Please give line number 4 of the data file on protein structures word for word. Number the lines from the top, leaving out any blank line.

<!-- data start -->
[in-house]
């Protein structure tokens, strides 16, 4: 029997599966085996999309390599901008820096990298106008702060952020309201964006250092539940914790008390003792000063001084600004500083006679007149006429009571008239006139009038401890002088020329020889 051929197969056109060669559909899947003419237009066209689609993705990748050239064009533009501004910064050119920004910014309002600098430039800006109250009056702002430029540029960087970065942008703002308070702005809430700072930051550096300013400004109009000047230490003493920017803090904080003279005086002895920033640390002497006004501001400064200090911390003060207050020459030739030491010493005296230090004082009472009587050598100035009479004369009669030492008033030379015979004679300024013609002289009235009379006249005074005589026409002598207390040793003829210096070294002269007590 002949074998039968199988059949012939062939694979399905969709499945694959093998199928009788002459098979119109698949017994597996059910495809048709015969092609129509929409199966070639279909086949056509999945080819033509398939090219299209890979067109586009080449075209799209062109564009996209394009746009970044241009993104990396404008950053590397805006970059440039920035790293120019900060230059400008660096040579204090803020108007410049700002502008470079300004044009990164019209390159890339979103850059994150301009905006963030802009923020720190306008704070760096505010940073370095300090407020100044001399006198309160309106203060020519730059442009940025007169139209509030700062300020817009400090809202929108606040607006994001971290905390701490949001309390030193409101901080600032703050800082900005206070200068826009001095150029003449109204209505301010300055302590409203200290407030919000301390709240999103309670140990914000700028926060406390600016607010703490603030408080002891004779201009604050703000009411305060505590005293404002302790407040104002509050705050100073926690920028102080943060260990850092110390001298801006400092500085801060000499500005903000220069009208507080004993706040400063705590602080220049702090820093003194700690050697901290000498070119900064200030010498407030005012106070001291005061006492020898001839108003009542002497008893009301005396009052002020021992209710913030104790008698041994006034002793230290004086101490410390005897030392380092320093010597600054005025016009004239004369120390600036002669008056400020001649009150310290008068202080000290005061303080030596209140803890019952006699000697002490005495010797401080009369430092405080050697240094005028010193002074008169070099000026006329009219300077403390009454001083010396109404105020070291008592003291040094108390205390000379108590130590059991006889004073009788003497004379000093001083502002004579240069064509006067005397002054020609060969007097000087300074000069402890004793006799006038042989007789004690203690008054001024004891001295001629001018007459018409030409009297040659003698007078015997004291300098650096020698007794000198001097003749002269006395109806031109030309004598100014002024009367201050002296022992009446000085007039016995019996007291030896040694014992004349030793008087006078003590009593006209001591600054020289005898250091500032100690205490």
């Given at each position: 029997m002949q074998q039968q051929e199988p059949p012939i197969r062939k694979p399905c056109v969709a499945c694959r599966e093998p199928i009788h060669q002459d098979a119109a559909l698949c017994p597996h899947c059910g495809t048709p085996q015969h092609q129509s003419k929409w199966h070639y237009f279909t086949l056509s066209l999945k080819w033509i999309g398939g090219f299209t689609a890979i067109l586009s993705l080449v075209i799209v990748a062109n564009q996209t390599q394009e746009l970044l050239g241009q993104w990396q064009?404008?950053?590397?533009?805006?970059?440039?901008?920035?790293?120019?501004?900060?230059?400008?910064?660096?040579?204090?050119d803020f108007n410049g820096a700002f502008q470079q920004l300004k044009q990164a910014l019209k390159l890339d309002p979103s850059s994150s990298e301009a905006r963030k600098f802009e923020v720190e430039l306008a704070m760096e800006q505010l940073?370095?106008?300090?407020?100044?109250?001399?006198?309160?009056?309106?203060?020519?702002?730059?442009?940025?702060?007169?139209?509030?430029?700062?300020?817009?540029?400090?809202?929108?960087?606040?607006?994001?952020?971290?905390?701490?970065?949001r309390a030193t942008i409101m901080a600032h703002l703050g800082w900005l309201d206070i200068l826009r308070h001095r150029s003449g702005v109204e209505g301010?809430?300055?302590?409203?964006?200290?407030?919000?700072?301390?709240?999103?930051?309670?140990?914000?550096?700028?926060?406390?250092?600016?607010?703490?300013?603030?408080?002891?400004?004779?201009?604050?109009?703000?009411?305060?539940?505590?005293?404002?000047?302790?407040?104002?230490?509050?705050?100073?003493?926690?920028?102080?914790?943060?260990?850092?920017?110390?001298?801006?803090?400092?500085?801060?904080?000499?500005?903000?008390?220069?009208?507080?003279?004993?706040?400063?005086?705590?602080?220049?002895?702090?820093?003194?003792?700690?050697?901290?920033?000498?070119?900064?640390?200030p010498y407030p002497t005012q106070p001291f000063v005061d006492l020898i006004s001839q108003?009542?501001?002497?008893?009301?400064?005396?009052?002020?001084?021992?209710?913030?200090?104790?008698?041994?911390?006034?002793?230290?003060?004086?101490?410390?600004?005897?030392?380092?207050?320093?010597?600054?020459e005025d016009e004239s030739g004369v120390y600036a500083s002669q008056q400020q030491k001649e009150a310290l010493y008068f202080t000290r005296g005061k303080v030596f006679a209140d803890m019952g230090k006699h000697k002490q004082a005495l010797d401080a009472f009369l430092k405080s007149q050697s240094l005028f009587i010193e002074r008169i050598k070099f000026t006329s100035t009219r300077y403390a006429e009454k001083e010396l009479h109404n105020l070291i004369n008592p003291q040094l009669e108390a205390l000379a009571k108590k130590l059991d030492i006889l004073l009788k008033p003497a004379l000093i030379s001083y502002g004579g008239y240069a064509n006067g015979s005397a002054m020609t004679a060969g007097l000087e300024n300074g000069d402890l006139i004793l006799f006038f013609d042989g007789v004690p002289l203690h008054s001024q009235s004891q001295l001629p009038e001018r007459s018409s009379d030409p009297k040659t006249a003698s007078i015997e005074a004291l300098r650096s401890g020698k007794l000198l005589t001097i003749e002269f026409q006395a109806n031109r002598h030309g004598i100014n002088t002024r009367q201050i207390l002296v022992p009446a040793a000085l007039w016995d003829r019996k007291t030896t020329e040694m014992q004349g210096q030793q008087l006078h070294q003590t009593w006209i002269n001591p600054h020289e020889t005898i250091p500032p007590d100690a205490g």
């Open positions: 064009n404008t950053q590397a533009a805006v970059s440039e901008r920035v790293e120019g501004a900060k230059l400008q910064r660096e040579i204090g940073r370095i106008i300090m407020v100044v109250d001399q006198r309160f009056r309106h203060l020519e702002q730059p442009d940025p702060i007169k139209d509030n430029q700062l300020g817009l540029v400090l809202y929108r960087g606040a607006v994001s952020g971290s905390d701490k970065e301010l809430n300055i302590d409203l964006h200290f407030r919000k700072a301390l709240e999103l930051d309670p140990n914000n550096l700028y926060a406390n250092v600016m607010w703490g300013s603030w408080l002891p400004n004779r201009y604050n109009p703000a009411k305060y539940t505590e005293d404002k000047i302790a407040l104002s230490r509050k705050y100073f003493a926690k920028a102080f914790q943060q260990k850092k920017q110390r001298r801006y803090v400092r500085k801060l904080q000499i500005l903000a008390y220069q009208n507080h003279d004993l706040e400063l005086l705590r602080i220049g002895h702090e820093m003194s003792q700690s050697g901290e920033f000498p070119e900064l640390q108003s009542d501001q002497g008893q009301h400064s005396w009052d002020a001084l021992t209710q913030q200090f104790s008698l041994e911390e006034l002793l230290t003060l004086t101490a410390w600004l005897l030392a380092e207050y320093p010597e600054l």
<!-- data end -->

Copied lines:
């Open positions: 064009n404008t950053q590397a533009a805006v970059s440039e901008r920035v790293e120019g501004a900060k230059l400008q910064r660096e040579i204090g940073r370095i106008i300090m407020v100044v109250d001399q006198r309160f009056r309106h203060l020519e702002q730059p442009d940025p702060i007169k139209d509030n430029q700062l300020g817009l540029v400090l809202y929108r960087g606040a607006v994001s952020g971290s905390d701490k970065e301010l809430n300055i302590d409203l964006h200290f407030r919000k700072a301390l709240e999103l930051d309670p140990n914000n550096l700028y926060a406390n250092v600016m607010w703490g300013s603030w408080l002891p400004n004779r201009y604050n109009p703000a009411k305060y539940t505590e005293d404002k000047i302790a407040l104002s230490r509050k705050y100073f003493a926690k920028a102080f914790q943060q260990k850092k920017q110390r001298r801006y803090v400092r500085k801060l904080q000499i500005l903000a008390y220069q009208n507080h003279d004993l706040e400063l005086l705590r602080i220049g002895h702090e820093m003194s003792q700690s050697g901290e920033f000498p070119e900064l640390q108003s009542d501001q002497g008893q009301h400064s005396w009052d002020a001084l021992t209710q913030q200090f104790s008698l041994e911390e006034l002793l230290t003060l004086t101490a410390w600004l005897l030392a380092e207050y320093p010597e600054l």